KUALA LUMPUR — Debris found off a Madagascar island that may be from Malaysia Airlines Flight MH370 have been handed to a Malaysian investigation team, the Department of Civil Aviation (DCA) said yesterday.
The debris were found by independent MH370 investigator Blaine Gibson and handed to the International Civil Aviation Organisation Annex Safety Investigation Team for MH370 from Malaysia on Tuesday.
“The debris will be sent for examination and analysis to determine if they originated from MH370,” the DCA said in a statement.
The items handed over were a stabiliser panel with the words “No Step”, an engine cowling bearing a Rolls-Royce logo, and a fibreglass skin aluminium honeycomb cored panel.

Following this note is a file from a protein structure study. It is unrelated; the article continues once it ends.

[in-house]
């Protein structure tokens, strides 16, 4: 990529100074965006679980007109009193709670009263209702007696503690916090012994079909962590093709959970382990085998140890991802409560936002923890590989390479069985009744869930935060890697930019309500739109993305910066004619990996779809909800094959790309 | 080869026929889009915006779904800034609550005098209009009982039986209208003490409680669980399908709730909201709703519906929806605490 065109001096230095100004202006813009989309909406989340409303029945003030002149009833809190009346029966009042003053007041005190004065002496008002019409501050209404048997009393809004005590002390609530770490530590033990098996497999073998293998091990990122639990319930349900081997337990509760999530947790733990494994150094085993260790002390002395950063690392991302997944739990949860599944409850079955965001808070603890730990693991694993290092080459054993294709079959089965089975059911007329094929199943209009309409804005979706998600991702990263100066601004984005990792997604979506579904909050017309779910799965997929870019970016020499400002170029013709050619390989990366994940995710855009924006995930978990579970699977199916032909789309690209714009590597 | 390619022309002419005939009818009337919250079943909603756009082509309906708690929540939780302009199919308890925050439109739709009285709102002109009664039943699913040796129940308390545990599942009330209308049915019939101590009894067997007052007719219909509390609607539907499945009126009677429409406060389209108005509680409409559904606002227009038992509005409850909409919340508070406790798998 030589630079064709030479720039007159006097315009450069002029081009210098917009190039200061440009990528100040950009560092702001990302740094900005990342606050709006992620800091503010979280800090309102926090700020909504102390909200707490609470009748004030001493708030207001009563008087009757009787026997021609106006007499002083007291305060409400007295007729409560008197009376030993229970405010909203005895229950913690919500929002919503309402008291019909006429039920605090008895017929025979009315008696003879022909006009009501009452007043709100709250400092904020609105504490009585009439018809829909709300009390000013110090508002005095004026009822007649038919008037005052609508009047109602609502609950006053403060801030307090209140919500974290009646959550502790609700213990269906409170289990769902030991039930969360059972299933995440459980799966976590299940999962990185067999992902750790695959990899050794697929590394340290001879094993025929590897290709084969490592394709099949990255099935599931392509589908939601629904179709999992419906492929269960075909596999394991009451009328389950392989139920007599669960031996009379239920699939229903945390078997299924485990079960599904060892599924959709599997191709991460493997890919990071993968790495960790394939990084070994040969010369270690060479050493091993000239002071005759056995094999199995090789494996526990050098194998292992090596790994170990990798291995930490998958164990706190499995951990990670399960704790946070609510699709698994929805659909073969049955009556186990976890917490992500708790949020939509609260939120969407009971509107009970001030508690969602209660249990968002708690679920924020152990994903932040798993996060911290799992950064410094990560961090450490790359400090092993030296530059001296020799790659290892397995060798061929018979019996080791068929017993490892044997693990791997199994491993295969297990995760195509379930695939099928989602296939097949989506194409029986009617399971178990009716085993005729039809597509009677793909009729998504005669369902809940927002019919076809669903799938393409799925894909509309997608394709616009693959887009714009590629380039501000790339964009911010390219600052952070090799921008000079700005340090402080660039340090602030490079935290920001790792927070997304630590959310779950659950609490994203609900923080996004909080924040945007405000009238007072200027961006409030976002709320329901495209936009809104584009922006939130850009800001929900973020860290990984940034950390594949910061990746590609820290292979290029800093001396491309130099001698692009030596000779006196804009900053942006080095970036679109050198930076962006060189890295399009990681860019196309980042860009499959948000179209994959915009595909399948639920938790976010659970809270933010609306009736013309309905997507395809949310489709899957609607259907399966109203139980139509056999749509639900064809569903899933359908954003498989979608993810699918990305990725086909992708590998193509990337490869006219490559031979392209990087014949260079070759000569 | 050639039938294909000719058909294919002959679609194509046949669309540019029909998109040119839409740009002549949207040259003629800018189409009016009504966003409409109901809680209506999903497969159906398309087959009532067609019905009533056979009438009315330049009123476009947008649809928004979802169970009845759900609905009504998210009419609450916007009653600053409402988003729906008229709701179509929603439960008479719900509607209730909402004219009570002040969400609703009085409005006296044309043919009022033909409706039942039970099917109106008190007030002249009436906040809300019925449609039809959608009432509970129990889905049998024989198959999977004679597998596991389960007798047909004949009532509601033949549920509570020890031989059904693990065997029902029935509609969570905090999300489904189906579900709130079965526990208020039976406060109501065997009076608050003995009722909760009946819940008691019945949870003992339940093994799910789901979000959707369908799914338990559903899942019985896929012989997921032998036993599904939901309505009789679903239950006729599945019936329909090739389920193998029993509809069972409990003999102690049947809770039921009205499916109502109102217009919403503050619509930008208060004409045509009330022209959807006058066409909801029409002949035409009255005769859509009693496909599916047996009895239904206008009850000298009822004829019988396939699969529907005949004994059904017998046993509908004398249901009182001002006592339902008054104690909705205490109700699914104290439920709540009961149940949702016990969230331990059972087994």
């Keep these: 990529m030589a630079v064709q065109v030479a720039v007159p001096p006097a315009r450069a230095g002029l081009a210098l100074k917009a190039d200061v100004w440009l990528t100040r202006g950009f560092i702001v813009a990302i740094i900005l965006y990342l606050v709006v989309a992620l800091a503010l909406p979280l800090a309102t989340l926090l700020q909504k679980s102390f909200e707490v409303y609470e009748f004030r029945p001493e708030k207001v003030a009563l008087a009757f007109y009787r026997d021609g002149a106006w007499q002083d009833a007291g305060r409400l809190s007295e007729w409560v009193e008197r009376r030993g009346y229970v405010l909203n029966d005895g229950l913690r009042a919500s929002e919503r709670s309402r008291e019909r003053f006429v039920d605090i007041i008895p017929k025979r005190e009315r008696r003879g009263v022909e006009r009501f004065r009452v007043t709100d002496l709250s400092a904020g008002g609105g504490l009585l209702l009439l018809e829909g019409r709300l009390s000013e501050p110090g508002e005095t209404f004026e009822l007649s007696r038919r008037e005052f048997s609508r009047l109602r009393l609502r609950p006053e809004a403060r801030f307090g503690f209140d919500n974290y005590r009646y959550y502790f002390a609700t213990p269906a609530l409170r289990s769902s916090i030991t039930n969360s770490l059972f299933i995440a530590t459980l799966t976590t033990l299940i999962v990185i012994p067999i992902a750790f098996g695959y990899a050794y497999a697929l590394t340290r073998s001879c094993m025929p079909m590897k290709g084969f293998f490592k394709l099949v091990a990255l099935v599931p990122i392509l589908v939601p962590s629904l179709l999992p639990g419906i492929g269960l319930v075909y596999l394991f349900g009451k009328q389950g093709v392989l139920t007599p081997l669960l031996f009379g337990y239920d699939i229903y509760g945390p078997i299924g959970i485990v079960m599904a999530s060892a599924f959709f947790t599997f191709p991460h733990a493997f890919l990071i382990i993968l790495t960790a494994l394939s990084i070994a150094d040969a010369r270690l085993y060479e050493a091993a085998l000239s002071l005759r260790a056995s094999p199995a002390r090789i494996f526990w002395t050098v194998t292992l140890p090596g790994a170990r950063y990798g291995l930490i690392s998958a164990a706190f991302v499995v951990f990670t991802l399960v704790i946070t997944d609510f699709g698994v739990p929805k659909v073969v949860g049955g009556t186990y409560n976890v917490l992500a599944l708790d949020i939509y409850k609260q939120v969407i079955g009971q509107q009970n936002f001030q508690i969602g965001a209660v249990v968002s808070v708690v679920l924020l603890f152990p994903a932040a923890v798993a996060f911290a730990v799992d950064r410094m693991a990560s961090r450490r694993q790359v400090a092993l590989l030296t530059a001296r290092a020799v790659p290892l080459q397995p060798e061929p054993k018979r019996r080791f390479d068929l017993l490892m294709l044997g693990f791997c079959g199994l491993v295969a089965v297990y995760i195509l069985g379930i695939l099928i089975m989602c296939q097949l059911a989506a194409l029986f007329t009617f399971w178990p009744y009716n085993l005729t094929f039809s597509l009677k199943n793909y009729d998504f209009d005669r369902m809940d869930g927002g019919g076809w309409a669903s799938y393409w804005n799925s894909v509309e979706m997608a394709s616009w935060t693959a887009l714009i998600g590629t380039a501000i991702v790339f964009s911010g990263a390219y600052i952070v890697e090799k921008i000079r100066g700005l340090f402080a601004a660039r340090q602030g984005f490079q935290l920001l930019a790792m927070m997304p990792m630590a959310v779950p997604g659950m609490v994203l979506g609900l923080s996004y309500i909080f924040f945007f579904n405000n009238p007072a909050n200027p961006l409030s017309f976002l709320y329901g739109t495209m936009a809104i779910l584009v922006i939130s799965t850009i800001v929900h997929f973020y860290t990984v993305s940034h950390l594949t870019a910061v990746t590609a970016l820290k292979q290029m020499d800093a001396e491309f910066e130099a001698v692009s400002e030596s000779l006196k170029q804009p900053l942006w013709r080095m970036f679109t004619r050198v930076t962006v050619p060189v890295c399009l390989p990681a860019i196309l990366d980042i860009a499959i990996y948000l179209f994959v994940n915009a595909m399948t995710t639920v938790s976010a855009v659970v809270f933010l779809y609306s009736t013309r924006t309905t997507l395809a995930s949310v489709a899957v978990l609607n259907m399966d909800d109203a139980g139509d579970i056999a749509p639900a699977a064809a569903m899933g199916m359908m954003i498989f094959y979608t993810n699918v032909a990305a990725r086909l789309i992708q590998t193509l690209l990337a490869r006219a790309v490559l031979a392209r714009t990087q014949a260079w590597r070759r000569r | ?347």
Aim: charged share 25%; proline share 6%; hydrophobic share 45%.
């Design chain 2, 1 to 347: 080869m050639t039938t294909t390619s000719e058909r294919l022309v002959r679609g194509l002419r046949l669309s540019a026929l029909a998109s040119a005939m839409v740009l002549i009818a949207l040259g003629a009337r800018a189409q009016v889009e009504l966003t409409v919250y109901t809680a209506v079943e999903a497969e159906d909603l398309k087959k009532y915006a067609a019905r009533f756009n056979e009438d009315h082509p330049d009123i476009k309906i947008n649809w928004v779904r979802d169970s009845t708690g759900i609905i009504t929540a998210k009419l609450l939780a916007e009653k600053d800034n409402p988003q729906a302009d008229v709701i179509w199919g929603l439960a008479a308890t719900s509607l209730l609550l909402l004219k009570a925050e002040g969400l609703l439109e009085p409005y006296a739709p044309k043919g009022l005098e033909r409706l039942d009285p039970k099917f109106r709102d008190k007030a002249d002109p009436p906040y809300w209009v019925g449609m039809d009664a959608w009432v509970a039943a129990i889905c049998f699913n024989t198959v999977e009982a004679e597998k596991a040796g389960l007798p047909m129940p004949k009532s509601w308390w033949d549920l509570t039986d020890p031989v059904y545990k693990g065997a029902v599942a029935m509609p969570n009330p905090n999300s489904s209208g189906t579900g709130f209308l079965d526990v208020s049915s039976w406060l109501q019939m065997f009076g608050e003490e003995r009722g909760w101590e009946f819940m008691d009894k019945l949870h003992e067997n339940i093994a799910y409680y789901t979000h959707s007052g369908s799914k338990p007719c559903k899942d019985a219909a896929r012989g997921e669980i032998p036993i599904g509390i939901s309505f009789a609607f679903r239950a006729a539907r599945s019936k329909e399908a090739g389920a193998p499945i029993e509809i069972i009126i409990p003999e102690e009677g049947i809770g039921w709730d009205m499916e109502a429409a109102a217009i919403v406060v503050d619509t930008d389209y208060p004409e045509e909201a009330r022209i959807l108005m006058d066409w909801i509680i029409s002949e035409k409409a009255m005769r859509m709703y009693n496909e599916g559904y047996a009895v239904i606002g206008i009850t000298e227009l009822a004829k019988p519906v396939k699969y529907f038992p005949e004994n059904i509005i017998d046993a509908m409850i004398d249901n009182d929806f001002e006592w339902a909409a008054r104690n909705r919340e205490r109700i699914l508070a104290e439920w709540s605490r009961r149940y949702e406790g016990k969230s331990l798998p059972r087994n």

DCA said it would provide an update once it could confirm the source of the debris.
Gibson, who has been conducting a one-man search for the plane, discovered the debris off Madagascar on June 10.
MH370 disappeared from civilian radars shortly after taking off from Kuala Lumpur en route to Beijing on March 8, 2014, with 239 people on board.
Several pieces of debris have been reportedly found off the African coast, while a search operation is ongoing in the southern Indian Ocean.
The transport ministers of Malaysia, Australia and China are scheduled to hold a tripartite meeting to discuss the next step as mounting costs weigh on the two-year-long search for the missing plane.